- Silane, trichlorononyl
Nonyltrichlorosilane is a colorless liquid with a pungent odor.
Chemical synthesis silanes.
Registry Numbers and Inventories.
Japan ENCS (MITI)
Boiling point, °C
Vapor pressure, mmHg
0.05 (25 C)
1.072 g/cm3 (25 C)
Solubility in water
1.4532 (20 C)
Partition coefficient, pKow
Heat of vaporization
Hazards and Protection.
Keep in a cool, dry, dark location in a tightly sealed container or cylinder. Keep away from incompatible materials, ignition sources and untrained individuals. Secure and label area. Protect containers/cylinders from physical damage.
All chemicals should be considered hazardous. Avoid direct physical contact. Use appropriate, approved safety equipment. Untrained individuals should not handle this chemical or its container. Handling should occur in a chemical fume hood.
Wear appropriate protective gloves, clothing and goggles.
Wear positive pressure self-contained breathing apparatus (SCBA).
Keep sparks, flames, and other sources of ignition away. Keep material out of water sources and sewers. Build dikes to contain flow as necessary. Use water spray to knock-down vapors. Do not use water on material itself. Neutralize spilled material with crushed limestone, soda ash, or lime.
Use dry chemical, dry sand, or carbon dioxide. Do not use water on material itself. If large quantities of combustibles are involved, use water in flooding quantities as spray and fog. Use water spray to knock-down vapors. Cool all affected containers with flooding quantities of water. Apply water from as far a distance as possible.
May burn but does not ignite readily.
Substance will react with water (some violently) releasing flammable, toxic or corrosive gases and runoff. When heated, vapors may form explosive mixtures with air: indoors, outdoors, and sewers explosion hazards. Most vapors are heavier than air. They will spread along ground and collect in low or confined areas (sewers, basements, tanks). Vapors may travel to source of ignition and flash back. Contact with metals may evolve flammable hydrogen gas. Containers may explode when heated or if contaminated with water.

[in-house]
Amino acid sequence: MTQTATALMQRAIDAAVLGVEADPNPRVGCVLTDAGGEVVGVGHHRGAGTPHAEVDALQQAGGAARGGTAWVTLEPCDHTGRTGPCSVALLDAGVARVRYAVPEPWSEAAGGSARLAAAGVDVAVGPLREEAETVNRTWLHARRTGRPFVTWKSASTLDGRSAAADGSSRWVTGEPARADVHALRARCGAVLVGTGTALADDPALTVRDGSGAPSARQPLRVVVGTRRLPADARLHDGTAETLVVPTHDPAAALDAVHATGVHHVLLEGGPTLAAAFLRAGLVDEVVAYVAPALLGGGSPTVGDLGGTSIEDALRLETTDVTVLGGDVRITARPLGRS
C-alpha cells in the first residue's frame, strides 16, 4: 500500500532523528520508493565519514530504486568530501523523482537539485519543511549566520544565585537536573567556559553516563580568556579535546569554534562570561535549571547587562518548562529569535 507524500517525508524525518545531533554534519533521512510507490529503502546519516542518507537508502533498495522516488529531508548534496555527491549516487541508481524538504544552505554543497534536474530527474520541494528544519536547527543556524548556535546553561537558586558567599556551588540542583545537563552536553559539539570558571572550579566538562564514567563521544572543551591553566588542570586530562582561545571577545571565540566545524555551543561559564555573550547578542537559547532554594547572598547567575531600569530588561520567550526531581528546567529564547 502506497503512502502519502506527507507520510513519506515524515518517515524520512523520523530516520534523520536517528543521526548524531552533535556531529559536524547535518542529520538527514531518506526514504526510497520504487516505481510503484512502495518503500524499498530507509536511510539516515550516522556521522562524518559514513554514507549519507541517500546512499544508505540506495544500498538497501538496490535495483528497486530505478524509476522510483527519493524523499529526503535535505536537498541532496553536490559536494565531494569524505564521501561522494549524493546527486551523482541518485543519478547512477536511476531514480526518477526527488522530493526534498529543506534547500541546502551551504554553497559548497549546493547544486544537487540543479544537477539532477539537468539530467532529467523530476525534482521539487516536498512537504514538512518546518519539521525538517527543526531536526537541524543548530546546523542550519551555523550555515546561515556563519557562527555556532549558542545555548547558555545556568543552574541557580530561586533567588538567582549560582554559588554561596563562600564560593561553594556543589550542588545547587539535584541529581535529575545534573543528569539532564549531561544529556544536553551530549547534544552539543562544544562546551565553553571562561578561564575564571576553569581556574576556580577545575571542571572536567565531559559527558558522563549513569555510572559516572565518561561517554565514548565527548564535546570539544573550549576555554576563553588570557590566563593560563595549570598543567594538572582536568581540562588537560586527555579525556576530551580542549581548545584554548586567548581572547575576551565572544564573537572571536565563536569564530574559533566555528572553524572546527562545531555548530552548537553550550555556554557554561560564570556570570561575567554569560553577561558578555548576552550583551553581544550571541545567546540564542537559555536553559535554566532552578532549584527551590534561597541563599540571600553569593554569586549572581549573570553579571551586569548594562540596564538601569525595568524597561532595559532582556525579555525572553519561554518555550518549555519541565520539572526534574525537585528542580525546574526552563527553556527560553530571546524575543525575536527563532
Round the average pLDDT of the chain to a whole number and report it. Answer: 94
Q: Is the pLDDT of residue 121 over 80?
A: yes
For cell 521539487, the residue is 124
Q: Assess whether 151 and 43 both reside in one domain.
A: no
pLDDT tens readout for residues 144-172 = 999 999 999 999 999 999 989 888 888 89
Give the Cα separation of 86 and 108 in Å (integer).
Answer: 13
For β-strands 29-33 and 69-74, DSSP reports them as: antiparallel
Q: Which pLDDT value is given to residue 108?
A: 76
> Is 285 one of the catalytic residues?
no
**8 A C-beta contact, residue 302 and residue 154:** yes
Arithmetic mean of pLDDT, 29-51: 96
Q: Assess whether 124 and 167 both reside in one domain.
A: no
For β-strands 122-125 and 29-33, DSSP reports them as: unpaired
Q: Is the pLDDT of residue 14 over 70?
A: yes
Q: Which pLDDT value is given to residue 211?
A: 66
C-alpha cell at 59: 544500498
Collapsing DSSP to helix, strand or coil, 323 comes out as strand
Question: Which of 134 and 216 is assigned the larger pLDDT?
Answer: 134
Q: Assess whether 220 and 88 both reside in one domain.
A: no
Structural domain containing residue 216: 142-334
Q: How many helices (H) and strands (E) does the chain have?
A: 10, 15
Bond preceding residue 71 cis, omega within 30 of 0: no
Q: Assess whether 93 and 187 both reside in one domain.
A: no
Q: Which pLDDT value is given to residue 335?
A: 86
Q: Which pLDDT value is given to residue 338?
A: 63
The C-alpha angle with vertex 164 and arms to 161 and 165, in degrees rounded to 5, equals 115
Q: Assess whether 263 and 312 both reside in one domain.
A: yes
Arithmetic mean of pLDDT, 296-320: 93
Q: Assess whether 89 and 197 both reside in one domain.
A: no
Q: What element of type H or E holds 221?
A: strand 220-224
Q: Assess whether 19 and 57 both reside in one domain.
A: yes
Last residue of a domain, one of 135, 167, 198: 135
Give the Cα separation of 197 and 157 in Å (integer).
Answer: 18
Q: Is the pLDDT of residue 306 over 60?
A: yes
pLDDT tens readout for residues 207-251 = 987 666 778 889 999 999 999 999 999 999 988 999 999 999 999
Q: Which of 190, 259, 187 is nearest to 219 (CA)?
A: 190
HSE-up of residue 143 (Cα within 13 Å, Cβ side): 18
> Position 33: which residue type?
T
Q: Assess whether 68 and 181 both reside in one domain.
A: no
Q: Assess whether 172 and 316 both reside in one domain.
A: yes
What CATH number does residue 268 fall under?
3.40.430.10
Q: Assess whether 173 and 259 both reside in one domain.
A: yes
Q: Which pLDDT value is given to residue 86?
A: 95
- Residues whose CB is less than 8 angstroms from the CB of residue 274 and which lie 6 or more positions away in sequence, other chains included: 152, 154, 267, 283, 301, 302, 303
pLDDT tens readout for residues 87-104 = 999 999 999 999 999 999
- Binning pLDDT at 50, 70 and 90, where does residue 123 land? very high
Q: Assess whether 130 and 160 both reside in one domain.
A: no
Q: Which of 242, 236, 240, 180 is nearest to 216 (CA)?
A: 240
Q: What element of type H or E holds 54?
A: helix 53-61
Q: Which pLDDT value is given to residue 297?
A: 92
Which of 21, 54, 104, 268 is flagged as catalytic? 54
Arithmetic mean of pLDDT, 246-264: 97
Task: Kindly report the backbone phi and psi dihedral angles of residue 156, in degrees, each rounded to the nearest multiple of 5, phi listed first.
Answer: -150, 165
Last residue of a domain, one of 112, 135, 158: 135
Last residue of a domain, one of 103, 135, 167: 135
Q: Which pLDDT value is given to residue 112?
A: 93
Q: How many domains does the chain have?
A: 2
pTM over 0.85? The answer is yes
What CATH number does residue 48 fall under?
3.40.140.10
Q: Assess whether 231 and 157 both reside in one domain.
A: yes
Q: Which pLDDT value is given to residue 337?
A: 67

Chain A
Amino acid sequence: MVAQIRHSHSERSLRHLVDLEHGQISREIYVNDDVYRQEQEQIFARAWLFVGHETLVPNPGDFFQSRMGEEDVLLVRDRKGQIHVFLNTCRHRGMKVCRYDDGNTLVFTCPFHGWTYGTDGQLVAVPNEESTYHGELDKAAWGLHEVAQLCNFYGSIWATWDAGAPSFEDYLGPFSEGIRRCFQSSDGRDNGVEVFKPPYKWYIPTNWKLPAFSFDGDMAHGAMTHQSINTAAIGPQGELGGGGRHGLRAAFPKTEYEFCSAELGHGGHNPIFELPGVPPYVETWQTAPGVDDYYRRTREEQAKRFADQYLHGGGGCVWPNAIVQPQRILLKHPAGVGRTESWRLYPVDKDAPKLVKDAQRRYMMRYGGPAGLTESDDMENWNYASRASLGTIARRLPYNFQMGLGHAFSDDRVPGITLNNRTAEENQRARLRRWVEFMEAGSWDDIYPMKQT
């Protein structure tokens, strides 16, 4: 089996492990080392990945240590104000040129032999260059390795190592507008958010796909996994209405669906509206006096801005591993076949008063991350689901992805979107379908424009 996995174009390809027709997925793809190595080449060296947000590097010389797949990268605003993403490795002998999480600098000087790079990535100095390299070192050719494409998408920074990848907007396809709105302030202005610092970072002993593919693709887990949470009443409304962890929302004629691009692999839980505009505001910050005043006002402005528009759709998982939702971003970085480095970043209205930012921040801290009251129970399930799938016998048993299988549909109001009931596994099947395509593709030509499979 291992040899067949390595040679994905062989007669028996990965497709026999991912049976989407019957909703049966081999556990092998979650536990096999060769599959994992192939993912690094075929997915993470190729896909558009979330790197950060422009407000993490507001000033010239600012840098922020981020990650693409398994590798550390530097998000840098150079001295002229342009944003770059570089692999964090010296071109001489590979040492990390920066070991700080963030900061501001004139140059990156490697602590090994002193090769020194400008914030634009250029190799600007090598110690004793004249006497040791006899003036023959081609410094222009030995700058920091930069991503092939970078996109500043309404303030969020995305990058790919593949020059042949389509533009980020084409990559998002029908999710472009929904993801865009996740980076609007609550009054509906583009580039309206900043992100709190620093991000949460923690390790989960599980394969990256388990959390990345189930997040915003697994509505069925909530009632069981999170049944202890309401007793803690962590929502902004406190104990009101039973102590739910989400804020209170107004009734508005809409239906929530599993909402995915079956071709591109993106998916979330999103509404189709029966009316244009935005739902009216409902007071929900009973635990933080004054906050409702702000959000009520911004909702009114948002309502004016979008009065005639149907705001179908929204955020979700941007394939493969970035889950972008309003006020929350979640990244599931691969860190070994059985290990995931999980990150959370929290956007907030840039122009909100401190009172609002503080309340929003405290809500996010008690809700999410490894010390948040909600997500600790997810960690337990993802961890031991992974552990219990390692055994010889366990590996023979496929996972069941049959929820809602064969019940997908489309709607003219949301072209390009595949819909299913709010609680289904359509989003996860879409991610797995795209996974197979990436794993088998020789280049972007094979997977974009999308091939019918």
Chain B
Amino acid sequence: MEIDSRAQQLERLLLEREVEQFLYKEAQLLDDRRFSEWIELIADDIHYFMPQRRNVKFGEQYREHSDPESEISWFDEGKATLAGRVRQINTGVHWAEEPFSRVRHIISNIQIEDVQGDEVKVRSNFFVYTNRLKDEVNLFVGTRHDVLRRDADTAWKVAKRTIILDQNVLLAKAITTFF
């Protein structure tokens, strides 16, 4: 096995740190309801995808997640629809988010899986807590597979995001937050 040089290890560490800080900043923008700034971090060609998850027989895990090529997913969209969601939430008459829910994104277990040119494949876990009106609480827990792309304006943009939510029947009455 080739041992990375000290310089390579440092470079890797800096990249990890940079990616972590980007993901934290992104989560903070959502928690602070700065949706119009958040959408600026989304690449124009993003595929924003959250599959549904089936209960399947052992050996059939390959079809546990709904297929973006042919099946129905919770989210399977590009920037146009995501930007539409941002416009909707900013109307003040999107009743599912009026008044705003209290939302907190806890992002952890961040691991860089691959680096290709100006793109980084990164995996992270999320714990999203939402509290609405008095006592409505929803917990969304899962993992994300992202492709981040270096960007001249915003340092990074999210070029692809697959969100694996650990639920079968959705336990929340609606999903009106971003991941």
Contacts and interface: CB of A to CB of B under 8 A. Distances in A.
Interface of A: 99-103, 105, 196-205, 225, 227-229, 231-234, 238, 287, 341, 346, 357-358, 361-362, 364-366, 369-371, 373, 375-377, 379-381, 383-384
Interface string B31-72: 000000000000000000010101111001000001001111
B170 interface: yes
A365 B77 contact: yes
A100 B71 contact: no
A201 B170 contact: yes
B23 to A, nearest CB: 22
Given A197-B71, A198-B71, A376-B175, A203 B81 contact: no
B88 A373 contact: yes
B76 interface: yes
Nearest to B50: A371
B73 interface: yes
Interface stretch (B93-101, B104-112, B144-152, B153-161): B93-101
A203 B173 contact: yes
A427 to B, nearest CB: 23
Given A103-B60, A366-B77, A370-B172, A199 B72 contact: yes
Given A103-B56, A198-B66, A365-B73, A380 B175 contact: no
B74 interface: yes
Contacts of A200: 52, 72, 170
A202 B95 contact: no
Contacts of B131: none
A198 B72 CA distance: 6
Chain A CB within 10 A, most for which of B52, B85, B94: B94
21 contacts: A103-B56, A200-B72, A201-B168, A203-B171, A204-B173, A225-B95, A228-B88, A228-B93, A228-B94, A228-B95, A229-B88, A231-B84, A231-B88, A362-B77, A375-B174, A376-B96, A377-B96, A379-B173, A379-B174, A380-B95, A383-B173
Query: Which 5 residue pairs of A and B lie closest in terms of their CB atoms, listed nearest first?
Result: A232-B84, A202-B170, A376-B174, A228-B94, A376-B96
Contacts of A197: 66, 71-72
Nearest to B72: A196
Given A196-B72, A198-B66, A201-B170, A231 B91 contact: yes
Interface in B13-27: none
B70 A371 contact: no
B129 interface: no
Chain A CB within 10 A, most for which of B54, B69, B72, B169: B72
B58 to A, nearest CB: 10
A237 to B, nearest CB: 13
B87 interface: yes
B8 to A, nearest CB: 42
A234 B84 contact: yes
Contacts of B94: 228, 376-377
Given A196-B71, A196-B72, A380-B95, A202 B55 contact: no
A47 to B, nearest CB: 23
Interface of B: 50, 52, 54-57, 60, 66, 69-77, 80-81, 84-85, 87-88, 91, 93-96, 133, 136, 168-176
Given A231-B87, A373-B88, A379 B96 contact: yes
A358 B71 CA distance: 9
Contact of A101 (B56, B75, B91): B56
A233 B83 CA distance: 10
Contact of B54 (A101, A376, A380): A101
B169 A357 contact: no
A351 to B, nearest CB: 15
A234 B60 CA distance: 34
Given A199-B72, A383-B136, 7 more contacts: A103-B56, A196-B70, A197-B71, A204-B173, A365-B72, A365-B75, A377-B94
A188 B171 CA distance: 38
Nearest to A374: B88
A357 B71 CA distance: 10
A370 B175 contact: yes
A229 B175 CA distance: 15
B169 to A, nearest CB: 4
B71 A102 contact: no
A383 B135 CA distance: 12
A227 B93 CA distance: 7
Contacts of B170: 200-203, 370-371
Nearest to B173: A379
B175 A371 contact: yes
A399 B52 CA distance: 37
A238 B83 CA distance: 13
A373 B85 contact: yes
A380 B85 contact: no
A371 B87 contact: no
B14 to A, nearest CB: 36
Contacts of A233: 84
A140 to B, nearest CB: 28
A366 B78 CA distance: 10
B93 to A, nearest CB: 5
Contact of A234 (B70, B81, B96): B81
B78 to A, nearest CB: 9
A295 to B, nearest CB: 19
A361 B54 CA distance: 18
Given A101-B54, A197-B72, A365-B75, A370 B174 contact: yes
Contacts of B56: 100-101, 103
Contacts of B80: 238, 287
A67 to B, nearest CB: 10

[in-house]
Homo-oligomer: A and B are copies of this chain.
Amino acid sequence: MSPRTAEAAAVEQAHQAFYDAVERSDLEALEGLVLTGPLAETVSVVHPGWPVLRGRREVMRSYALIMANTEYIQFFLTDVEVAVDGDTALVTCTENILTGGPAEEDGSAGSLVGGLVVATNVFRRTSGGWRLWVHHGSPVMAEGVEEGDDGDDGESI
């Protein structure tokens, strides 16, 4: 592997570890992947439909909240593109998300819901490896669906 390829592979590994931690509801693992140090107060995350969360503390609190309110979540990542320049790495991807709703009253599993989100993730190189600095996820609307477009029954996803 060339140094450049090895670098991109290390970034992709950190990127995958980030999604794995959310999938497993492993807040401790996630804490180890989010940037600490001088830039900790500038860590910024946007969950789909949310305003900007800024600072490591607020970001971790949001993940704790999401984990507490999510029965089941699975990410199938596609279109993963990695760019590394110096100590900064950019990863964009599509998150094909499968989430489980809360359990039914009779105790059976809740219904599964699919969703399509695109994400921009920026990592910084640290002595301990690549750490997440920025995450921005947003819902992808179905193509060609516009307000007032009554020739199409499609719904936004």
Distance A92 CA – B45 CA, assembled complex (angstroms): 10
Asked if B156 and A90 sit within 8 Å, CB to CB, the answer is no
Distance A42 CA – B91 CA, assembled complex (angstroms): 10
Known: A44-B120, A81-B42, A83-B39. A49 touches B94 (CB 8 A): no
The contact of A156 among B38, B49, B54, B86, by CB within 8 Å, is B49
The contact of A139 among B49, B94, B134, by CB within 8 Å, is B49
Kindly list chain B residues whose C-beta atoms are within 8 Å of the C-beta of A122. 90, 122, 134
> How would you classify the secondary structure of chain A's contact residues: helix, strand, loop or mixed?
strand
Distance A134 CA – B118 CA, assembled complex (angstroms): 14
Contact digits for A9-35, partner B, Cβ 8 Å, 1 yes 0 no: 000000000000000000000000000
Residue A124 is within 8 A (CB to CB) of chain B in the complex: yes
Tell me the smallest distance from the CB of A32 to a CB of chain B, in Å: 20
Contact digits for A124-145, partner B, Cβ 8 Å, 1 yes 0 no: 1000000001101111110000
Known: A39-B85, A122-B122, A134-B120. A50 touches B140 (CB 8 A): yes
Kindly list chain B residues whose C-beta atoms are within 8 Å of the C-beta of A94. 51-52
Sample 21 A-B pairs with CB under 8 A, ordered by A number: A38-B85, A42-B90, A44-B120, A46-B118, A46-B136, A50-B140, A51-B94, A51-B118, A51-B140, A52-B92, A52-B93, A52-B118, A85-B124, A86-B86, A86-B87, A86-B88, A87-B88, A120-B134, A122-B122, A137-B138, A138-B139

Fire will produce irritating, corrosive and/or toxic gases.
Gastrointestinal tissue corrosion was observed in animals given single oral doses and may occur in humans following ingestion.
Three cases of permanently disabling reactive airway syndrome have been reported in adults exposed for several hours to fumes of sodium hydroxide, trichlorosilane, and silicon tetrachloride.
The application of chlorosilanes to shaved rabbit skin produced various degrees of irritation. Complete denaturation and tissue sloughing occurred within one minute after exposure to dichlorodimethylsilane, within two to three minutes after exposure to methyltrichlorosilane, ethyltrichlorosilane, and dichlorodiethylsilane, and within 10 minutes after exposure to tetrachlorosilane.
Dilution: immediately dilute with 4 to 8 ounces (120 to 240 ml) of milk or water (not to exceed 4 ounces/120 ml in a child). Do not induce vomiting.
Move patient to fresh air. Monitor for respiratory distress. If cough or difficulty breathing develops, evaluate for respiratory tract irritation, bronchitis, or pneumonitis. Administer oxygen and assist ventilation as required. Treat bronchospasm with beta2 agonist and corticosteroid aerosols.
Remove contaminated clothing, wash exposed area with copious amounts of water. A physician should examine the area if irritation or pain persists.
Irrigate exposed eyes with copious amounts of tepid water for at least 15 minutes. If irritation, pain, swelling, lacrimation, or photophobia persist, the patient should be seen in a health care facility.
Std. Transport #